A Boy and His Mother. Part II.

Oh, he was broken and then he was lost. And maybe he is forever both, and though none would claim him he became his own man, rising from ash, from life blistered in fury and bedlam. Lawlessness. Recklessness. A heart wrought with tragedy. A bull in his wildness, a poet in his passion. Working to combine the two, a way to bring unity to himself, his life, his loves. After catering a ruthless attempt to prove himself he fell in love not unlike he often does, this time with the idea of being whole. He glances back at his legacy and sees the wake, like the one he was dragged though and in the pain of his past he demands a new future. A new face in the mirror. You look straight ahead because you don’t recognize your face on both sides.

How does a man know how to be a man? How does a boy learn? Of oppression and demand, a push-pull tension in a tug-of-war life, he comes through alive if he’s lucky. Refusing life support as men do, a boy heals as boys do, and if he is luckier still he acknowledges God in this. And so you did. And what does God change a man if he is but a wayward boy in love with passion? Chaos by all standards. God paves a path that only a bull can run. Expansive and opportune, a chaotic man’s hope. And God writes a poem of your life. Rhymes and rhythms that only make sense to prophets and lovers of romance. Such cadence is the end-of-war song. And you pour and pour in an effort to be empty and filled with what makes a man a man. You’re unsure but you empty still, all that hasn’t brought you closer to your God. And God writes and writes like a madman in love, a love understood by only two. A grown man learns to read a love story, one line at a time.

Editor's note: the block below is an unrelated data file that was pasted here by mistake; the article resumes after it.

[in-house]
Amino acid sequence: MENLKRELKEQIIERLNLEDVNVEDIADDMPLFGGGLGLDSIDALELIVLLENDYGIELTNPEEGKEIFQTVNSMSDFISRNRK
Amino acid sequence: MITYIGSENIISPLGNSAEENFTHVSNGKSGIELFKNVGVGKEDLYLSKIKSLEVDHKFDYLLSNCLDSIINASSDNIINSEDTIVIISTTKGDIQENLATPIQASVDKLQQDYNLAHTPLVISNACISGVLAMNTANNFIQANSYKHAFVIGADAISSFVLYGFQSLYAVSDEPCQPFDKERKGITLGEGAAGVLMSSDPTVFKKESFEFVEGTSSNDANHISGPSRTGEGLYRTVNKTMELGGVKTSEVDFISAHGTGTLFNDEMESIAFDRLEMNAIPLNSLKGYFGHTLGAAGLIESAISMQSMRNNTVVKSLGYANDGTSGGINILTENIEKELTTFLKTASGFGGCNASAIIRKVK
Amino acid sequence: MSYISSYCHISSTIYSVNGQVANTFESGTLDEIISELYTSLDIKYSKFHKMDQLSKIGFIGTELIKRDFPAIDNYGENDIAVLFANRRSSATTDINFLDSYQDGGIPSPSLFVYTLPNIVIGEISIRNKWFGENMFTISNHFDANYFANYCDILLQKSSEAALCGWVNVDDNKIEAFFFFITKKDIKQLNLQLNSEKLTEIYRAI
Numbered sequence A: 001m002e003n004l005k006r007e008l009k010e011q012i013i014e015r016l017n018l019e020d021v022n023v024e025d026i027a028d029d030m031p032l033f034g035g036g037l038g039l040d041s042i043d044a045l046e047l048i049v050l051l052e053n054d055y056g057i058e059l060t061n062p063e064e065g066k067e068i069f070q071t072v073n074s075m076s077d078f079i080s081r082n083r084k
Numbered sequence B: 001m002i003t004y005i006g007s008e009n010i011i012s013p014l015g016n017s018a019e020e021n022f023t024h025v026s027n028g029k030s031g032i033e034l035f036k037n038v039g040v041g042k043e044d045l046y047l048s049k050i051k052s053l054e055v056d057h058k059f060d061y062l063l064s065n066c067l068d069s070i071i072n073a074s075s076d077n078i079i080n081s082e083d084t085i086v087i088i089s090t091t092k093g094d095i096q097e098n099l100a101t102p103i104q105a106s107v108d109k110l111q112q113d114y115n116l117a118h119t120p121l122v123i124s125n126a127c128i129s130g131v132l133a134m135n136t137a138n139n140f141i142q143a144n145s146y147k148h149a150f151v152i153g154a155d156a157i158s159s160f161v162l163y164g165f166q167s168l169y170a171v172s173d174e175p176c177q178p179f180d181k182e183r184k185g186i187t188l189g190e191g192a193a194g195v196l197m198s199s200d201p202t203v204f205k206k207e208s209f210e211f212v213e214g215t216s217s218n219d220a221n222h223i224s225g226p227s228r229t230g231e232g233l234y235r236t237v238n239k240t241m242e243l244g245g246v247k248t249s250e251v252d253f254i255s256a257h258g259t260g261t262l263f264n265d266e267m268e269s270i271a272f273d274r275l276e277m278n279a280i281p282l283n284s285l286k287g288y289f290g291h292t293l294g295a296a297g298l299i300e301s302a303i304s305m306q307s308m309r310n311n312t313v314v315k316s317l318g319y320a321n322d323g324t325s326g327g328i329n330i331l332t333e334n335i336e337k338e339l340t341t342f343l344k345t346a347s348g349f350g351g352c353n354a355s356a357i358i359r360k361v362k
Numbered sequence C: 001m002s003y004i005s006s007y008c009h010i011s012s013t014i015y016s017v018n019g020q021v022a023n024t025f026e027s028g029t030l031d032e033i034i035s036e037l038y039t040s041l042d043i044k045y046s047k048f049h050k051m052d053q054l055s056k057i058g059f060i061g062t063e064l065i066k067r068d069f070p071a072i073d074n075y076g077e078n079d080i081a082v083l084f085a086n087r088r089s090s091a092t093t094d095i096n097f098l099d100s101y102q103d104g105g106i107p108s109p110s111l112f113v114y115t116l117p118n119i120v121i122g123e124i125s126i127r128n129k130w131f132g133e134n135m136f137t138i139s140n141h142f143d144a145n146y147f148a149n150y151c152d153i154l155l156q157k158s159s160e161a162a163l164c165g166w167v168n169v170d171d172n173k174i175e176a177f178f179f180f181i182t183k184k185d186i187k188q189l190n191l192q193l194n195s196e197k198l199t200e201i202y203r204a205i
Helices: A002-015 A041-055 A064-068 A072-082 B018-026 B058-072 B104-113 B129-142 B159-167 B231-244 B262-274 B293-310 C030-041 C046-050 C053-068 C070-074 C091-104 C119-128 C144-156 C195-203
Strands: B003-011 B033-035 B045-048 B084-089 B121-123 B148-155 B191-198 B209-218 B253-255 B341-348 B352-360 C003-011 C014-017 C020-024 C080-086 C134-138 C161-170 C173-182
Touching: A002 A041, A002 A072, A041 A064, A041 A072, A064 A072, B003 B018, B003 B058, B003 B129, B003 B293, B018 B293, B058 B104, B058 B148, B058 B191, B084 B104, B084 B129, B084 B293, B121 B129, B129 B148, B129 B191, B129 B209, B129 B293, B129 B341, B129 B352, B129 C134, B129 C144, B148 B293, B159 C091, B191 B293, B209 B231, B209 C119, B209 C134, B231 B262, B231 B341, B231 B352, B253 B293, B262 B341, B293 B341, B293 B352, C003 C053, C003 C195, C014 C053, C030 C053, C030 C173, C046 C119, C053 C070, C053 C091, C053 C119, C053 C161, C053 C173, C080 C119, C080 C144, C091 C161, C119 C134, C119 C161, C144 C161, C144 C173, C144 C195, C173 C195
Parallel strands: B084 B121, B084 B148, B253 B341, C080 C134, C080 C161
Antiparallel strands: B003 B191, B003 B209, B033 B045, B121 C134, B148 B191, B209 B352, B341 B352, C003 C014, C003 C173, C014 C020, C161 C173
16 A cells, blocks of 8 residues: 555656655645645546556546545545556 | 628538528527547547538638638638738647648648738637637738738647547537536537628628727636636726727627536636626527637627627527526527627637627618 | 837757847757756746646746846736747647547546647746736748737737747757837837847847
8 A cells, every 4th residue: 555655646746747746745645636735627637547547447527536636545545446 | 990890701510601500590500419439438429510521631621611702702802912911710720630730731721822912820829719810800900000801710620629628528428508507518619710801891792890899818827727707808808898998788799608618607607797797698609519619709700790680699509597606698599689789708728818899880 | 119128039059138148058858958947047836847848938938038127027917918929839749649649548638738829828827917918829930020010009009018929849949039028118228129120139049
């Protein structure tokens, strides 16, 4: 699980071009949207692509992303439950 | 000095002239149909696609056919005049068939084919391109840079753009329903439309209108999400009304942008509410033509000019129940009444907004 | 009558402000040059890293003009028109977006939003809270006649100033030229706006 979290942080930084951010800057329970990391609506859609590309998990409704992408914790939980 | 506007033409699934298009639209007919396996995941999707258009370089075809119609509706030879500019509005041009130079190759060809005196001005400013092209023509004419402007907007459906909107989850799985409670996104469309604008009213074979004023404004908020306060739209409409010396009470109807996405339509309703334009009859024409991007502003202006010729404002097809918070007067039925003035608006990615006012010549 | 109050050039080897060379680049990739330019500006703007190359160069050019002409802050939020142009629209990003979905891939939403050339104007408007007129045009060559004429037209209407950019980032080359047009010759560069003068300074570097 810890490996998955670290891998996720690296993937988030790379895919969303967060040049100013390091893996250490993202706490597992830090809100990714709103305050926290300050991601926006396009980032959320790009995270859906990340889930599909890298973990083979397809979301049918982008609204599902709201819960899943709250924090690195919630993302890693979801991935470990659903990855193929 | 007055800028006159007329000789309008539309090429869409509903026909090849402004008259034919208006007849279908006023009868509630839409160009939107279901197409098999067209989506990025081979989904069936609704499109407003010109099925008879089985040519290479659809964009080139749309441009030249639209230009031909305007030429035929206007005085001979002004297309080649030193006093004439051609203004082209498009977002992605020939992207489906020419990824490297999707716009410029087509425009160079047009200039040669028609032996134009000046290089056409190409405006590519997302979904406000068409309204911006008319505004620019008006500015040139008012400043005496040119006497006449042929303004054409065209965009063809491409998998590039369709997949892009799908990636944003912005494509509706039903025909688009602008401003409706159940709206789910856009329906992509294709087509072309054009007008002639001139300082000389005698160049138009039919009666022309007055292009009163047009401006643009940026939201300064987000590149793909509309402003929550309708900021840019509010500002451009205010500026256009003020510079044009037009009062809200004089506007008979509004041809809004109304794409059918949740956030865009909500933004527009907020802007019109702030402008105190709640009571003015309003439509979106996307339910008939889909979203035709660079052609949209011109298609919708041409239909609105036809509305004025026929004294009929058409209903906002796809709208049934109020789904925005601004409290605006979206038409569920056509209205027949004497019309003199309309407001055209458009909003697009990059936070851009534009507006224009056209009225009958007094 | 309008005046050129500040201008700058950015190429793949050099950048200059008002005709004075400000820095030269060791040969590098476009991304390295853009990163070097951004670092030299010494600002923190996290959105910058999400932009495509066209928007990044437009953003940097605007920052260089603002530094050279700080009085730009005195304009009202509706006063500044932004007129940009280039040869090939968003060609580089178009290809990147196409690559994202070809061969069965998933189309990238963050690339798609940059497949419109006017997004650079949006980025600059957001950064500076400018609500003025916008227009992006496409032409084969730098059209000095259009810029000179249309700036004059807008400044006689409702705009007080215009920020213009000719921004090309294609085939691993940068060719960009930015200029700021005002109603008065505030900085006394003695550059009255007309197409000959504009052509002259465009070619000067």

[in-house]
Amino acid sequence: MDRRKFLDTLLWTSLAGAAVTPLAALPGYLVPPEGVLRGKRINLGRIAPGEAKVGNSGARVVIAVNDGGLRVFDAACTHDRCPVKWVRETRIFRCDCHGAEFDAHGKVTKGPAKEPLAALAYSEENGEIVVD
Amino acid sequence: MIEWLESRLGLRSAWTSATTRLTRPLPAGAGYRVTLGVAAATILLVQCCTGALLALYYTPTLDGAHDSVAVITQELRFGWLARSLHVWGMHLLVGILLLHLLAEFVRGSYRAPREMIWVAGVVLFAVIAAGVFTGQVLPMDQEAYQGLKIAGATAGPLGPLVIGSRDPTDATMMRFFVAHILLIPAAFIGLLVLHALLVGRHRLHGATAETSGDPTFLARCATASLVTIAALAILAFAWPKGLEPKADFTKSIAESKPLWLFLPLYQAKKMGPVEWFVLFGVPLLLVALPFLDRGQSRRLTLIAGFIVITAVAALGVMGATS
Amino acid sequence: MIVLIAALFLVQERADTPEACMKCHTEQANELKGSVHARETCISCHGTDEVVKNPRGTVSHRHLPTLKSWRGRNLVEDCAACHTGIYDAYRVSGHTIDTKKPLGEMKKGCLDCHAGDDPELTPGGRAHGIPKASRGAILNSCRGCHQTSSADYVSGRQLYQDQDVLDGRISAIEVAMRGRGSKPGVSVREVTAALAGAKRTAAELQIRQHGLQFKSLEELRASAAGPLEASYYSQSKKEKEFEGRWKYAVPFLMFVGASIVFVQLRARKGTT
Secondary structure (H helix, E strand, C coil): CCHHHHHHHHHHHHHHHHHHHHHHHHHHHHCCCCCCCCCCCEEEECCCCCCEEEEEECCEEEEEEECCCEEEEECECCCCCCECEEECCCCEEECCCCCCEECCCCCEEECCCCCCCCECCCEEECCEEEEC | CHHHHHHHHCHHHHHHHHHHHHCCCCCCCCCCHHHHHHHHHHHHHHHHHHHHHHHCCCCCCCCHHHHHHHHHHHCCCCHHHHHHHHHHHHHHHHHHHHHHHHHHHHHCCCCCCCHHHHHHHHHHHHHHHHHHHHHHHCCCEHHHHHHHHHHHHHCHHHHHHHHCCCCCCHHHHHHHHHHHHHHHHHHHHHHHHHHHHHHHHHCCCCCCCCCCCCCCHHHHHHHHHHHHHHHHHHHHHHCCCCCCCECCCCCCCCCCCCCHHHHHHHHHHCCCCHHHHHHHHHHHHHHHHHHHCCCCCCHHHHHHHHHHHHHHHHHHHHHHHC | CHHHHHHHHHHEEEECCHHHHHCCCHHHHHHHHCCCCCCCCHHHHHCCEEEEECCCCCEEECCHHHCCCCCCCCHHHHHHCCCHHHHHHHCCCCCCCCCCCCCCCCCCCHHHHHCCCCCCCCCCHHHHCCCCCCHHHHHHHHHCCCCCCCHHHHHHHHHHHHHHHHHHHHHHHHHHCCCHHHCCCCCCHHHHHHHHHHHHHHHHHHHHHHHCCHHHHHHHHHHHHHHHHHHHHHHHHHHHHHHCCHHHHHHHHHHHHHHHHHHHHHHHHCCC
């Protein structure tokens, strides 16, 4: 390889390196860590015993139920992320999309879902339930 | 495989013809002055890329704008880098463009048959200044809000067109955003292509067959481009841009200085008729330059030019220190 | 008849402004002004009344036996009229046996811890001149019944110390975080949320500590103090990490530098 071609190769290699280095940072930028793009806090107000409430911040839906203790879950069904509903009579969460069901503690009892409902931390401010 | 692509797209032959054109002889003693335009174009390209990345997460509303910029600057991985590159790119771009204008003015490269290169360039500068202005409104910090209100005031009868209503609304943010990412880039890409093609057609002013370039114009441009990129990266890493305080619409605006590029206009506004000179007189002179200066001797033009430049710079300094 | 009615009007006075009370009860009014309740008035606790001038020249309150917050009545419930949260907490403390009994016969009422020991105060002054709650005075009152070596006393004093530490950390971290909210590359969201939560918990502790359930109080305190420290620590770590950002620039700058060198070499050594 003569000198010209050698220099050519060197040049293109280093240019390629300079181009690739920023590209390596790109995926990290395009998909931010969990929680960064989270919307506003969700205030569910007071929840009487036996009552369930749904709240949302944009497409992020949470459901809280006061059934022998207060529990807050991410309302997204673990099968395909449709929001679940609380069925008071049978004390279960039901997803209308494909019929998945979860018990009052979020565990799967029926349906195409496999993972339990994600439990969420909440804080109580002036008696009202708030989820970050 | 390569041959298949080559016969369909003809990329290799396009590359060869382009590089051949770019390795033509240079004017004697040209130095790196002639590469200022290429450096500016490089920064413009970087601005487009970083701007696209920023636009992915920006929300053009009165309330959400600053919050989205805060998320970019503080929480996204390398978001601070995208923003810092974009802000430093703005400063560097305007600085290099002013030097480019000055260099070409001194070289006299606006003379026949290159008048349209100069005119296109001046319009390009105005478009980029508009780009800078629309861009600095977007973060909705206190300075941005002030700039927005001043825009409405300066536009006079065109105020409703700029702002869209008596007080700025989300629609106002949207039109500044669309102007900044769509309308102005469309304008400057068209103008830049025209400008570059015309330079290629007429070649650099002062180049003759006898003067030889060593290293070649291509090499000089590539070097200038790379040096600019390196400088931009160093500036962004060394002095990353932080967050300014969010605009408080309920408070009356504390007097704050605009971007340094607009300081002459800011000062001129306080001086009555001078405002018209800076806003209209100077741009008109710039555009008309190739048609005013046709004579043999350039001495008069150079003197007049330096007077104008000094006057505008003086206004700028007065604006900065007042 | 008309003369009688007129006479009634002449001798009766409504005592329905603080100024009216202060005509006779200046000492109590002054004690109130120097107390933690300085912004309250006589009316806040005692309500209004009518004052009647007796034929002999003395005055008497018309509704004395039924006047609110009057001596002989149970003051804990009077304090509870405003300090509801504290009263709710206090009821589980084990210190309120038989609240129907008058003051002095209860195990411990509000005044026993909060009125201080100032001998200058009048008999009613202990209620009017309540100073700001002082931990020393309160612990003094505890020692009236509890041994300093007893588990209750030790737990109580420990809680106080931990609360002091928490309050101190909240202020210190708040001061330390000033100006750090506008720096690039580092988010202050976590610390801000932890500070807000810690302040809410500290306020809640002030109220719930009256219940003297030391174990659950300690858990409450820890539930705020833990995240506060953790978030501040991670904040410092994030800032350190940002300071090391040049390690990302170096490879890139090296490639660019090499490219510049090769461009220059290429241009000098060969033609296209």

And like a bull born new, you stumble shamelessly over feet. Excitement and eagerness, head over feet. You run into things and fear you’ll never learn- how to behave, how to meet expectations, how to walk. With resilience like a child you raise your head, surveying the damage, and timidly but surely you place one foot in front of the other. Bridges burned don’t unburn even for a man who says he’s sorry. You wield apologies that don’t repair broken things, simply acknowledging the broken. And with the tenderness you could never be free of, the gentleness of a much less damaged person, you pick up broken pieces and whisper your apologies relentless. You accept with a heavy heart that broken things are broken and you are sorry still. You bandage your bruised prayer knees at night when you’re alone, when a man feels like a boy again. A fatherless boy afraid of fathers, born of a woman undone, and you wonder who you’ll be when you arrive at the end. You sing your end-of-war song; the sound of surrender and the hope of victory.

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